She looked down at her mug. She had no marshmallows. She cried. “You’re sweet, and I like you too,” she said through more tears, “but it wouldn’t be fair to you to do anything until I get over this.” She sniffed. “Is that okay?”
He nodded. It wasn’t.
About the Author;
Quentin A. Pongratz is an author and mathematician from Del City, Oklahoma. He likes to write quirky stories and hopes one day someone will take him and his writing seriously.
For more about Quentin see his blog at quentinap.com
The Disappearing Girl
By Russell Bradbury-Carlin
It was an “abandoned-house” party. This is basically a party in a house that only adults living in –- people without kids or those who are old enough that their children have moved away. And what we mean by “abandoned” is that the adults are gone –- on vacation or something. They’ll come back eventually. An abandoned-house party means that we can do whatever we want and not care about the damage. It doesn’t get past me that we never party in a house that belongs to another child or adolescent. No one ever says anything, but I think we are worried that if we trash one of our parent’s homes, no one would really get in trouble. The adult-world has basically thrown in the towel on us teenagers. By partying in the homes of childless adults, we can at least pretend that our parents care enough to smack the shit out of us if we were to ruin their homes.
At parties, I usually hang-out in the kitchen. It’s the one room, other than the bathroom, that people go into for a few minutes and leave. They come in for a beer or to grab a bite of something and move on. I usually exchange a few words before they go back to the main party. It works well for me. I don’t really have much to say to most people.
At this particular abandoned-house party, I was in my usual spot finishing off my second beer.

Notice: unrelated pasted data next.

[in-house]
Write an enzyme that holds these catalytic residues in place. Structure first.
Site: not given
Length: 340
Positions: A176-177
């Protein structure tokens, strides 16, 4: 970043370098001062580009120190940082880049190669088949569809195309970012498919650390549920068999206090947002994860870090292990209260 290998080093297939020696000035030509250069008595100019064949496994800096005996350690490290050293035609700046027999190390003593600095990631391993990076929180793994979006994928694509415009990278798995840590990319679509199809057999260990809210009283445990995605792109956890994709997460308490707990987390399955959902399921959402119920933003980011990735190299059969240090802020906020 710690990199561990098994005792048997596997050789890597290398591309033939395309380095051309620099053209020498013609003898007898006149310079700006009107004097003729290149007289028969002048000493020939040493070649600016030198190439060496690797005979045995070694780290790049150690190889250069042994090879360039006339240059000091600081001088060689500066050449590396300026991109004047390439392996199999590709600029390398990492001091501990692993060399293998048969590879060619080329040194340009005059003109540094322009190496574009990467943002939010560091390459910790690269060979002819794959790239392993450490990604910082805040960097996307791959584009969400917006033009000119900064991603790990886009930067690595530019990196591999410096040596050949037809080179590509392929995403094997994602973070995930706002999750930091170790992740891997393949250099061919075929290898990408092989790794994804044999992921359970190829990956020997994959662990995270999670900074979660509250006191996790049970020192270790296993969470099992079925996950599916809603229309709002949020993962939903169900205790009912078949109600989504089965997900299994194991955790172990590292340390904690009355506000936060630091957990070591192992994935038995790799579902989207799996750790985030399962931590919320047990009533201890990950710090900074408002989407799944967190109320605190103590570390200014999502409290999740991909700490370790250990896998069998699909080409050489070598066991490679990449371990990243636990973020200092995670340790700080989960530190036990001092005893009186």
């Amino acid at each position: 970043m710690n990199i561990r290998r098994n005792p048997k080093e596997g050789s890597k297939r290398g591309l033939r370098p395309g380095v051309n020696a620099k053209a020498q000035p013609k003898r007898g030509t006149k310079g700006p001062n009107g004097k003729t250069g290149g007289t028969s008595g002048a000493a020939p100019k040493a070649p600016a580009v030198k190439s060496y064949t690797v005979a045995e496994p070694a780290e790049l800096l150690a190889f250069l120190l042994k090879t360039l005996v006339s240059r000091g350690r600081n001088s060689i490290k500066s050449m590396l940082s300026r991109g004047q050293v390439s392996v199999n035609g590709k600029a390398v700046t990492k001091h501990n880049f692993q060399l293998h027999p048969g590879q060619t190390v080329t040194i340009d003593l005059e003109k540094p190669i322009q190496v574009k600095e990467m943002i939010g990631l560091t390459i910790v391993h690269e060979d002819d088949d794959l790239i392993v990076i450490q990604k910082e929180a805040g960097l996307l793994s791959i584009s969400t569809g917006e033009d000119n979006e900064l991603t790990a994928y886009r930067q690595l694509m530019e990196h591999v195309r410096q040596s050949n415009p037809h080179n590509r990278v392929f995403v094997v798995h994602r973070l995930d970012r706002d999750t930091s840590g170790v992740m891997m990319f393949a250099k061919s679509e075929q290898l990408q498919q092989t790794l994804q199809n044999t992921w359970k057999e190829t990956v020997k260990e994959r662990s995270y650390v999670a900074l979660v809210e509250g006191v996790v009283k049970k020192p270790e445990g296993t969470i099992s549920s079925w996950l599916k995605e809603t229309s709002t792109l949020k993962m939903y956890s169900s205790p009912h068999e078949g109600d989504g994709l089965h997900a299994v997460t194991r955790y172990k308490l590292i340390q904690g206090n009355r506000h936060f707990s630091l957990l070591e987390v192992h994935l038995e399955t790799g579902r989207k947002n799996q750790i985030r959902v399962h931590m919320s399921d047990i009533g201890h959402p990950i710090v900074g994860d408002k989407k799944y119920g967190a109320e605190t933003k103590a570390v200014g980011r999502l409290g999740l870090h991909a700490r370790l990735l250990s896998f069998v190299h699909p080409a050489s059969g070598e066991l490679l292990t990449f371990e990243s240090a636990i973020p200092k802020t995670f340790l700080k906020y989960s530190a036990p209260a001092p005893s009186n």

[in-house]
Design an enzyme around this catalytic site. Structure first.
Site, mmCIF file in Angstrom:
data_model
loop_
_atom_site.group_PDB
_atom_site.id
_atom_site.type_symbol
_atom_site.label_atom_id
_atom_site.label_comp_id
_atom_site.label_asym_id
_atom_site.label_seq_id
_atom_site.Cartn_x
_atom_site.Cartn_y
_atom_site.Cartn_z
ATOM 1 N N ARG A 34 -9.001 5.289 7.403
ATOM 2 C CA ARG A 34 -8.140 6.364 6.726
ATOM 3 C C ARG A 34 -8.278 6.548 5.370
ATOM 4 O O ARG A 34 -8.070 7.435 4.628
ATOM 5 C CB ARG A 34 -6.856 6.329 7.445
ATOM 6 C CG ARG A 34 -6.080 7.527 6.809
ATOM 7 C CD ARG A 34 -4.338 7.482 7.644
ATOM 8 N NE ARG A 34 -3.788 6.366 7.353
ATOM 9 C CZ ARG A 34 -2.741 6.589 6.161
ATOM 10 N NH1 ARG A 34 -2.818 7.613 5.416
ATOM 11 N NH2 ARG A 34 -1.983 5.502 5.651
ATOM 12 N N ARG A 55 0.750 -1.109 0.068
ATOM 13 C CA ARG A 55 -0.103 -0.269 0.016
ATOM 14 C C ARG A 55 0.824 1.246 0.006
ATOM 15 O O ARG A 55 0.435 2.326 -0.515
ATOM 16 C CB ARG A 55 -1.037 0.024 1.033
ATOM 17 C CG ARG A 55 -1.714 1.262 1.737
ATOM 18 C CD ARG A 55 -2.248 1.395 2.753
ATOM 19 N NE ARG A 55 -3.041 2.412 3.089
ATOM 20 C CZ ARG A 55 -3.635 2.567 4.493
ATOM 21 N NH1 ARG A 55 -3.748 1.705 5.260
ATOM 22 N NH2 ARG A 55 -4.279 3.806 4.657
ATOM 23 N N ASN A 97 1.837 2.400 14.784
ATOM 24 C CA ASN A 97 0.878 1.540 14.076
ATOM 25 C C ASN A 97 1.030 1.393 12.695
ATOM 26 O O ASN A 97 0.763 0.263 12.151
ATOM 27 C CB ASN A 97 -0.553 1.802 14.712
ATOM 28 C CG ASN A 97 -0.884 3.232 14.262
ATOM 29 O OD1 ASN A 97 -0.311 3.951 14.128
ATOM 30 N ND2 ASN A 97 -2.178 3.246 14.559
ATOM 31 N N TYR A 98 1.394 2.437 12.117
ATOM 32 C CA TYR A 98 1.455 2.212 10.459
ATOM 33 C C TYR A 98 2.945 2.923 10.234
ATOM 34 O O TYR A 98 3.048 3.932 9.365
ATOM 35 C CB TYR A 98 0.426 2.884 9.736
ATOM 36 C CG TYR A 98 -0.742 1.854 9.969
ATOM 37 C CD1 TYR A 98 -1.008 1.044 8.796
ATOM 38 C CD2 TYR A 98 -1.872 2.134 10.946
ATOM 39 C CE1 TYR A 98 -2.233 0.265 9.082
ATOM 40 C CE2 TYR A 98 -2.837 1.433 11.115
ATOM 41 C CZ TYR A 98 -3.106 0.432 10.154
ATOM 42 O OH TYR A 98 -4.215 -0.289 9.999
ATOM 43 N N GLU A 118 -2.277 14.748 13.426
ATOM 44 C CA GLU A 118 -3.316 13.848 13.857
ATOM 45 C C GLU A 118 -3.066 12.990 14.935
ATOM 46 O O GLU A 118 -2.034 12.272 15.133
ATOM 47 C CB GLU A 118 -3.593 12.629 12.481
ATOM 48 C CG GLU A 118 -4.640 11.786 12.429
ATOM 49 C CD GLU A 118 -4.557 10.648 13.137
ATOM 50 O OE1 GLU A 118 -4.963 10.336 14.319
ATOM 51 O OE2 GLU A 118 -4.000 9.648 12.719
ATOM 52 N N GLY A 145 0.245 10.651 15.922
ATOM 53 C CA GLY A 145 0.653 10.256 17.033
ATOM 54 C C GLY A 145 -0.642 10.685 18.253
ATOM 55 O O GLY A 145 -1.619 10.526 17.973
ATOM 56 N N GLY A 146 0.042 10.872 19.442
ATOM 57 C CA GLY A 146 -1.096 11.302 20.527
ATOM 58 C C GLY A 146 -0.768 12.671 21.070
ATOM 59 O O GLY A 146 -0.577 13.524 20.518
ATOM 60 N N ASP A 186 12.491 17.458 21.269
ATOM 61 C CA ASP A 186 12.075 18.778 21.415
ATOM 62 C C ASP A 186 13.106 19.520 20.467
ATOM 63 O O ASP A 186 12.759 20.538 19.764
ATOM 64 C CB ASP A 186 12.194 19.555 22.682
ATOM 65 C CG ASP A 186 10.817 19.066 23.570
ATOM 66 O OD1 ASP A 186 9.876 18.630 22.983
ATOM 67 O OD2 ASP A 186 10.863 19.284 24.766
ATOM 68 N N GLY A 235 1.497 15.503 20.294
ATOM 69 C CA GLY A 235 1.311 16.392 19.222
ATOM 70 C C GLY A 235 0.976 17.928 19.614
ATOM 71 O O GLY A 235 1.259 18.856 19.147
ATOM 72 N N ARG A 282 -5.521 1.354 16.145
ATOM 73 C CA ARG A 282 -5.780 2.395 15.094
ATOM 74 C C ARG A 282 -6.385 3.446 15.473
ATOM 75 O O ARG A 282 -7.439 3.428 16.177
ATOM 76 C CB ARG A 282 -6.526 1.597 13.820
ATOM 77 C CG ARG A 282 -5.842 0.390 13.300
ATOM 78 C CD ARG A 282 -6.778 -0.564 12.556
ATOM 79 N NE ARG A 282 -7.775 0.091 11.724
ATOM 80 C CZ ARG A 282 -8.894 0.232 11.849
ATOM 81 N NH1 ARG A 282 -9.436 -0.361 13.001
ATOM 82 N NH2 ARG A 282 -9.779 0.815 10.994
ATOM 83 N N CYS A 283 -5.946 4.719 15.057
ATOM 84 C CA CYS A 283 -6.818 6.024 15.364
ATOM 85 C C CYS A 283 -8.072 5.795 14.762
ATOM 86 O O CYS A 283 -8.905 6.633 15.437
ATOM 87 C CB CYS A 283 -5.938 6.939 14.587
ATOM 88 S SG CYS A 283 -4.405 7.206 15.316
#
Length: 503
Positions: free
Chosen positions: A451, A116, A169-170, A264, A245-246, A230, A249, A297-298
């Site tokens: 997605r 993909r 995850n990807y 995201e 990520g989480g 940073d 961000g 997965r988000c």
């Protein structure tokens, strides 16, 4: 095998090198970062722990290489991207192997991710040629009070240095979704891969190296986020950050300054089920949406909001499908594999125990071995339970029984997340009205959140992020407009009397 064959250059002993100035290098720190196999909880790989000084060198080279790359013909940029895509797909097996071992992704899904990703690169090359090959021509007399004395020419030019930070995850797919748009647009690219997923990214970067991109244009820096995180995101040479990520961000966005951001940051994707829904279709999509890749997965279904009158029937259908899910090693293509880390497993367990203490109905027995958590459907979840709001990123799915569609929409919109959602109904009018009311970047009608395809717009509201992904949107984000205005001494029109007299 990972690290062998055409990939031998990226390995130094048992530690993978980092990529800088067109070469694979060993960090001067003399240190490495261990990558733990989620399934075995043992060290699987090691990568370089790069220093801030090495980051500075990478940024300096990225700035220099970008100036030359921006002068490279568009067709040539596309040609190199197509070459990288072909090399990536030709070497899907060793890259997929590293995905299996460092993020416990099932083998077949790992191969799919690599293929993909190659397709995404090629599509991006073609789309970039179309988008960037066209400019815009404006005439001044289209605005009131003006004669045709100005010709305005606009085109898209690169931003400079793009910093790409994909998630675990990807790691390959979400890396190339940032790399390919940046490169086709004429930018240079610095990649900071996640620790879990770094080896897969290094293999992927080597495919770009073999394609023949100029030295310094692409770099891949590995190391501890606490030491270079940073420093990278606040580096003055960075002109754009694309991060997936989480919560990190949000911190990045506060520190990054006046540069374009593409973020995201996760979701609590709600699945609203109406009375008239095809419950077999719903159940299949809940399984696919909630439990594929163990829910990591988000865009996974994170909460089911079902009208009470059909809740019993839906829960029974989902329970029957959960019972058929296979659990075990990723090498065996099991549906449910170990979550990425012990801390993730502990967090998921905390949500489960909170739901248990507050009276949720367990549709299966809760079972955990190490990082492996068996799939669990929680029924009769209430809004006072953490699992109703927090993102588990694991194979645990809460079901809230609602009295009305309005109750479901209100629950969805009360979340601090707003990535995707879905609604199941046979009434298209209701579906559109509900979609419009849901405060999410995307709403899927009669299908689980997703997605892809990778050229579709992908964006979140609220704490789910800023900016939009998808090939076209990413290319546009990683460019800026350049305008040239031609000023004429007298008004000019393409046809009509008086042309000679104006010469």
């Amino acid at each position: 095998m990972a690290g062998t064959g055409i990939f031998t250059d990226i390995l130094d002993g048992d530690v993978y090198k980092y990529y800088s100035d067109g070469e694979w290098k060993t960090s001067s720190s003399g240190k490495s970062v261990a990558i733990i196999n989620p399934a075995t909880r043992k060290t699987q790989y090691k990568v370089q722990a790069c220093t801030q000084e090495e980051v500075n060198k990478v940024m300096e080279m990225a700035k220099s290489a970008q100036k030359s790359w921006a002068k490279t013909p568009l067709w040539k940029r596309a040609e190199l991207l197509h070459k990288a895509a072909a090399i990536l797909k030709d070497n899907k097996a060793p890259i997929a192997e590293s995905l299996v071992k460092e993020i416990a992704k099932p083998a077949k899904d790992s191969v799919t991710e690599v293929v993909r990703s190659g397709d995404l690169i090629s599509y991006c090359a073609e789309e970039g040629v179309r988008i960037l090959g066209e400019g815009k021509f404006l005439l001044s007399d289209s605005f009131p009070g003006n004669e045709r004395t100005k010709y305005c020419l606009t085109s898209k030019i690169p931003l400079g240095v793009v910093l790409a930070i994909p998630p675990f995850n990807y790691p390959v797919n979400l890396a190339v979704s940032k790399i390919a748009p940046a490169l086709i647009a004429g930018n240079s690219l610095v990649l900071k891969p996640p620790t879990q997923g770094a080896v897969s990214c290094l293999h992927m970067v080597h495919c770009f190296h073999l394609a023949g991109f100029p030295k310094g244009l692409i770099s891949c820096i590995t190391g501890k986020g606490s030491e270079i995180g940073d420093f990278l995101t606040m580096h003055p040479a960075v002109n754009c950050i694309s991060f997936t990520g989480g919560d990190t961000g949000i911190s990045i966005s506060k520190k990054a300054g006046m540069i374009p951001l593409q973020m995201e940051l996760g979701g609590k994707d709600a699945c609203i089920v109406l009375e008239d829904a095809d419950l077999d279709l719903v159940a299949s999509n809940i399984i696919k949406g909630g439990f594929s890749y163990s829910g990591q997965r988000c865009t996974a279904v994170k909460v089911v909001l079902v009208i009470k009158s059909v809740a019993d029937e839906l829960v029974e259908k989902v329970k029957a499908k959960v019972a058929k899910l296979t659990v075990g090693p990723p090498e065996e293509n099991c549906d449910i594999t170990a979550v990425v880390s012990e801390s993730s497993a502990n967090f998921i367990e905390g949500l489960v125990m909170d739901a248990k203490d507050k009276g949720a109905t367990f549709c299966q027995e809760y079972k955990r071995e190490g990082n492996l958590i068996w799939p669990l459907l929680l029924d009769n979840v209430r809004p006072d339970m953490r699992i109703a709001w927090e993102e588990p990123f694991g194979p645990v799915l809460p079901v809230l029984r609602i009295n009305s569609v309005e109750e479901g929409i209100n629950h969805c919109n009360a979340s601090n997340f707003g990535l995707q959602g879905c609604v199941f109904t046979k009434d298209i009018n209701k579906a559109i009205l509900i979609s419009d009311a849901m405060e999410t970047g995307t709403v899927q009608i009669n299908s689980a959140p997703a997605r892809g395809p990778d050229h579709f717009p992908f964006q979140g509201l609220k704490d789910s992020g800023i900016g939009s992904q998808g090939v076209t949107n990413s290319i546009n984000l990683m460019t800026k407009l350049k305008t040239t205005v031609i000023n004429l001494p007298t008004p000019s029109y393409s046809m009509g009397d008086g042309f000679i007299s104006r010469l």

My friend Manji came running into the kitchen. “Holy shit, Nate! Someone just ripped the stairway railing out of the wall and threw it through a window like a javelin.”
Manji is actually short for Jumanji. Really though, his name was Herbert. Manji was called Jumanji because he was unusually hairy. His body was covered, almost entirely, with a thin layer of fine blondish hair. It wasn’t too noticeable unless you were up-close to him or he had his shirt off. Mike Burke, for some reason, in sixth grade dubbed him “Jumanji” after that old movie. It never made any real sense to anyone, but it stuck. Then it got shortened. Even his mother calls him Manji. That is a bit weird.
“I love abandoned-house parties!” Manji declared before he dashed back into the living room.
I leaned against the counter near the sink and carefully tugged on the damp label of my beer in an attempt to pull it off cleanly. Several kids came into the kitchen, grabbed beers or snacks out of the fridge, and left. I didn’t know who they were, and didn’t want to, so I ignored them.
The label separated from its glued portion and ripped off. I finished the beer and left it on the counter next to the large fleet of other empty or half-empty bottles that had been discarded by others. I realized I needed to go to the bathroom.
I walked down the hallway that ran between the kitchen and the front of the house. Some guy staggered toward me. He ran his hand along one wall as if the house was a boat lurching back-and-forth in a storm. I moved to the other side of the hall. The guy grunted as he passed me.
Then I bumped into a girl.
It was as if she had suddenly appeared out of nowhere –- materialized directly in my path.
“Oh, I’m sorry,” she said.
I recognized her from school – from before I stopped going. But I didn’t know her name. I thought she was one of The Responsibles. That is what we called the “good” kids who try to suck up to their parents and other adults. It’s sort of pathetic since they still get treated like some kind of feral pet that keeps coming to the back-door for a morsel of food.
“No, I’m sorry. It was my fault,” she replied.